After a tumultuous first half of the year, at the end of the summer, I found myself craving Scripture like I hadn't in a long time. So I strong-armed my husband into joining me in participating in Margaret Feinberg's Wonderstruck by Scripture challenge. Though this 40-day Bible challenge was meant for Lent, we began it in August. We also made a few changes to it.
- We followed the plan only five days a week, opting to take both Saturday and Sunday off each week.
- We refused to be legalistic. Not bound by the 40-days of Lent, we acknowledged that if there were days or even weeks when life got the better of us, we weren't going to beat ourselves up for not having read. That said, we didn't stretch a day's worth of readings into a week of smaller readings. Instead, when we read, we read large chunks of Scripture.
- Even though our church uses the New Revised Standard Version of the Bible, for this challenge, we, like Margaret, read The Message.
At the end of our Wonderstruck by Scripture challenge, here's what I've learned:
1. Reading a different translation – even a paraphrase – adds to the Bible's richness. I am, without a doubt, a fan of Eugene Peterson. Still, I was surprised by how often his paraphrase left me breathless, struck by the beauty of Scripture. What's more, when I read the same translation of the Bible again and again, I sometimes become immune to it's words, skimming them because I already know them. However, reading a different translation of the Bible drew my attention to things I'd never before noticed and enabled me to see Scripture through fresh eyes.
2. The Bible was written for communities of believers. Sure, we in the American church have made quiet times into personal pursuits, but as I immersed myself in Scripture this time around it seemed clear that's the opposite of it's intent. For this reason, I was so thankful to do this challenge with my husband, to be able to reflect on our readings at the end of a day and bounce ideas and revelations off of one another. These were, for us, sacred moments.
3. Repetition matters. Repeatedly dissecting the Bible into small, manageable chunks left me largely unaware of just how connected all of Scripture really is. However, reading the Bible in larger chunks, in a relatively short amount of time, drew my attention to things I'd previously missed; To people and places that were significant because of how frequently they were mentioned.
4. All of Scripture points to Christ. As so many have said, the Bible is “The cradle of Christ.” At no point to me was this more apparent than in the midst of the prophets, which though they never mention Jesus by name, clearly point to him. When I got to the prophets, I wept, imagining what these words must have meant to God's chosen people, a people still expectantly waiting for the Promised One.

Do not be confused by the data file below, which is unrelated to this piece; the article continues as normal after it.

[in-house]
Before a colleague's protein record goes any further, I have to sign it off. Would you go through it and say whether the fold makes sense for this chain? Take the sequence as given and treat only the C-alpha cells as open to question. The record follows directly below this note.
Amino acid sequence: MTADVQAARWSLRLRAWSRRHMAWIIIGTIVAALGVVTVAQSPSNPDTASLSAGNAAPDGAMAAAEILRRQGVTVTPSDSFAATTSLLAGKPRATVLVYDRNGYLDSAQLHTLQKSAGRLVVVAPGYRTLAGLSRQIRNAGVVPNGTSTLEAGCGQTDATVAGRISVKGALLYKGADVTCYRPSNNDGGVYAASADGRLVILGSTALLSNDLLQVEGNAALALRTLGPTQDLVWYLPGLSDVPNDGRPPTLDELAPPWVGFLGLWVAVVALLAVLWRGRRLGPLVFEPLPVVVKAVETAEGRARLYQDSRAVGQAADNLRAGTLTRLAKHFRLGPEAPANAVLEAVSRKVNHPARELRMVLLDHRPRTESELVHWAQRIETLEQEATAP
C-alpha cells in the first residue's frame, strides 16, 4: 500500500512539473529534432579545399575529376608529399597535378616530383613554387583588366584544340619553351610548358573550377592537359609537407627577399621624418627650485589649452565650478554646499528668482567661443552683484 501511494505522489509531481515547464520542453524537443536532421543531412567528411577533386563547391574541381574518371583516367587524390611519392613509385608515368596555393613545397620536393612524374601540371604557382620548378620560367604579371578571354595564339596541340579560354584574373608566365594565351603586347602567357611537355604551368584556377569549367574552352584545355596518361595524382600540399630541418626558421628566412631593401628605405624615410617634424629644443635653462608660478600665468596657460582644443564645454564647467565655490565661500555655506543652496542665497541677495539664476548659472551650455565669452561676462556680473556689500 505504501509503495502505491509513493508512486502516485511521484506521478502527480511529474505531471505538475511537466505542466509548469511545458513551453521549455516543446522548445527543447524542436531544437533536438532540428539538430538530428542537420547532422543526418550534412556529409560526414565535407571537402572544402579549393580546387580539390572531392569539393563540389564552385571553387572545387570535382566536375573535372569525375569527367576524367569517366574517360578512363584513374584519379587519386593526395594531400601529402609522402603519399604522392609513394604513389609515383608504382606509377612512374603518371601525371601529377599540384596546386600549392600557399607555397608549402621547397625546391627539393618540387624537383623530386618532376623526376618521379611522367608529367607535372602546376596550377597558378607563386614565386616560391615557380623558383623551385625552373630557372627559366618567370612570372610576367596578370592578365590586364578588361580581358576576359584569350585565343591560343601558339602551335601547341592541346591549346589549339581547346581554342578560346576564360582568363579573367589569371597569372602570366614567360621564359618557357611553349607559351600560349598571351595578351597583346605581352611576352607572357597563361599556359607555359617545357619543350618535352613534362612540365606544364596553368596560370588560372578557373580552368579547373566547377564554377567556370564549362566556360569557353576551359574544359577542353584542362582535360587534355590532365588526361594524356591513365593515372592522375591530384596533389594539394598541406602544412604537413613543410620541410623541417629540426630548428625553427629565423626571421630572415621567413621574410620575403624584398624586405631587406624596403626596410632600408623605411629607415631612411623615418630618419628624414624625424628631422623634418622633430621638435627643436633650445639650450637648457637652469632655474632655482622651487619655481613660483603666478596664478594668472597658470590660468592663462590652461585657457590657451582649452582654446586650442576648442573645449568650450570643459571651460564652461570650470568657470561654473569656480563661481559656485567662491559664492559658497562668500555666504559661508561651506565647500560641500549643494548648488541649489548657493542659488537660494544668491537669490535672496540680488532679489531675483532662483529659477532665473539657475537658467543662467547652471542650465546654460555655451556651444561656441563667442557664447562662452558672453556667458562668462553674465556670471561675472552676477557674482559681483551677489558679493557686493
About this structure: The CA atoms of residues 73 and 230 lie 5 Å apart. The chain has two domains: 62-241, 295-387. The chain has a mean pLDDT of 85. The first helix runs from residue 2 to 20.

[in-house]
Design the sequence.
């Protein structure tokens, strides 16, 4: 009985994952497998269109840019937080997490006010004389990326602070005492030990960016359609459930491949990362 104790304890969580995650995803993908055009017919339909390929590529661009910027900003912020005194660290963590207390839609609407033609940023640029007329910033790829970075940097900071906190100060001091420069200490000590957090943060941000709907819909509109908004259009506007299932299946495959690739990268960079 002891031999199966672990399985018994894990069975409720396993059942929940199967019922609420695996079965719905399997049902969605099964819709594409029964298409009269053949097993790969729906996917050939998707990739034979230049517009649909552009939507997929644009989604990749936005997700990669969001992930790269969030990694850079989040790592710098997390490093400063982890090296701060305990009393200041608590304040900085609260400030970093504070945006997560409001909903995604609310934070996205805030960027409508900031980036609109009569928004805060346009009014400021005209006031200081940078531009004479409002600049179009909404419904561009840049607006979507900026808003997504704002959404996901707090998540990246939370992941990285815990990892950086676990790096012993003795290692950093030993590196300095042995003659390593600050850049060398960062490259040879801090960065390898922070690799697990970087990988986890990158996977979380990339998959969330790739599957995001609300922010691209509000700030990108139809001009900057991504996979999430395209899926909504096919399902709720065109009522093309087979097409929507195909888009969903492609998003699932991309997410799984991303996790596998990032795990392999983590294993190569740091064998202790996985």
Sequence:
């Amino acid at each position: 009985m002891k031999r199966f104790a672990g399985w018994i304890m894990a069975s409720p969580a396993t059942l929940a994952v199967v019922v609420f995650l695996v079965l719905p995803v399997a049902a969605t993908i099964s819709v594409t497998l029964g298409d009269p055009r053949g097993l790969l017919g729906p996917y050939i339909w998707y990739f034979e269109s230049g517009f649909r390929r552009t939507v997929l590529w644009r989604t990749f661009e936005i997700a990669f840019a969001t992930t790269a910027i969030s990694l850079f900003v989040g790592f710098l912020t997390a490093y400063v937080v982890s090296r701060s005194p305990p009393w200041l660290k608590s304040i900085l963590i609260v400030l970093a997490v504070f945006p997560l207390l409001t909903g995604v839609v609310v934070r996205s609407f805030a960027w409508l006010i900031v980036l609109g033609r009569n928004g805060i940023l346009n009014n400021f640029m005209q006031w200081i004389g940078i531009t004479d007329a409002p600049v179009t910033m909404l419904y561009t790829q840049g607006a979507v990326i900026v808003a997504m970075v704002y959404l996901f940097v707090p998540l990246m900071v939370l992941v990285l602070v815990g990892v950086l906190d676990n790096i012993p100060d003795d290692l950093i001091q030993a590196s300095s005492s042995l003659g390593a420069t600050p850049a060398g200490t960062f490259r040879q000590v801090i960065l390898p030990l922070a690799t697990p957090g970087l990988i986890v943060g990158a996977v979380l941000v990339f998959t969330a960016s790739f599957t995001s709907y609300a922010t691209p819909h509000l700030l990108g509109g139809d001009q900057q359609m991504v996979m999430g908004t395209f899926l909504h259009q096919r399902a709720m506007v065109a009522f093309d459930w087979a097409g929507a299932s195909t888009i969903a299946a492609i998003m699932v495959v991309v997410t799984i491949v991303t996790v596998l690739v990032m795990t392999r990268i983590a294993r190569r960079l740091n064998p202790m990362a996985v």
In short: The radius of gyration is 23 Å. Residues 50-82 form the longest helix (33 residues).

5. The New Testament does not actually account for much of the Bible. Though we in the church spend an understandably disproportionate amount of time teaching and preaching about the Gospels and the Epistles, in actuality, according to Kindle, the New Testament only accounts for about 22 percent of the Bible. This was clear in this challenge. We spent weeks reading the Old Testament and mere days reading the New Testament.
6. John differs from the other Gospels. After reading the Gospels in four consecutive days, the depth of intimacy John experienced with Jesus was clear. It's obvious John was one of Jesus' closest friends, someone who knew Jesus, deeply and personally, and who loved him greatly.
7. Paul's not so bad after all. After finishing Acts, my Bible sat untouched for about two weeks. In reflecting on this, I finally realized that because I'd enjoyed this read through of the Bible so much, I'd been reluctant to get to the “doctrine” of Paul; To the parts of Scripture I'd heard used as weapons far too many times. Much to my surprise, in this pass through Scripture, I loved Paul's writing. In reading through his letters quickly, it seemed clear his words were meant as encouragement and guidance to specific communities of believers rather than the end all, be all we've made them out to be. I saw in Paul's words, not the arrogance I expected, but rather continual evidence of the grace he himself experienced and a love for Jesus that radiated from every page.
8. Revelation's weird but not scary. There's no way around it – there's some crazy stuff in the book of Revelation. Even so, reading it in it's entirety made it somehow less scary. It made it feel like the point of this book is not the details of the eschatology but rather the fact that Jesus wins. Having read the Bible fairly quickly, this book felt to me like an appropriate and riveting end to a Good Book where, despite countless trials and hardships, eventually, the hero wins.
9. The Bible really is one story. Though written by different authors over several hundred years, it contains one central story, with themes that recur throughout it's entirety.
10. There's value in reading the Bible as a story. Stories captivate, draw us in, and fill us with wonder – all things I experienced in this cover-to-cover read of the Bible. While the evangelicals first taught me to love Scripture, they also taught me to dissect it into small chunks, mine every word for additional meaning, and draw out countless life applications. All of these things are valuable and yet, all of these things often detract from the ultimate story. Reading the Bible quickly, in large chunks, drew me into the story of God - A riveting story of creation, loss, and redemption; Of a people chosen by God to be his Kingdom workers; Of love and loss; Of a living, active, God who really is, as Peterson says, “The God who is, the God who was, and the God about to arrive”; And of an unfolding story in which we have an important part.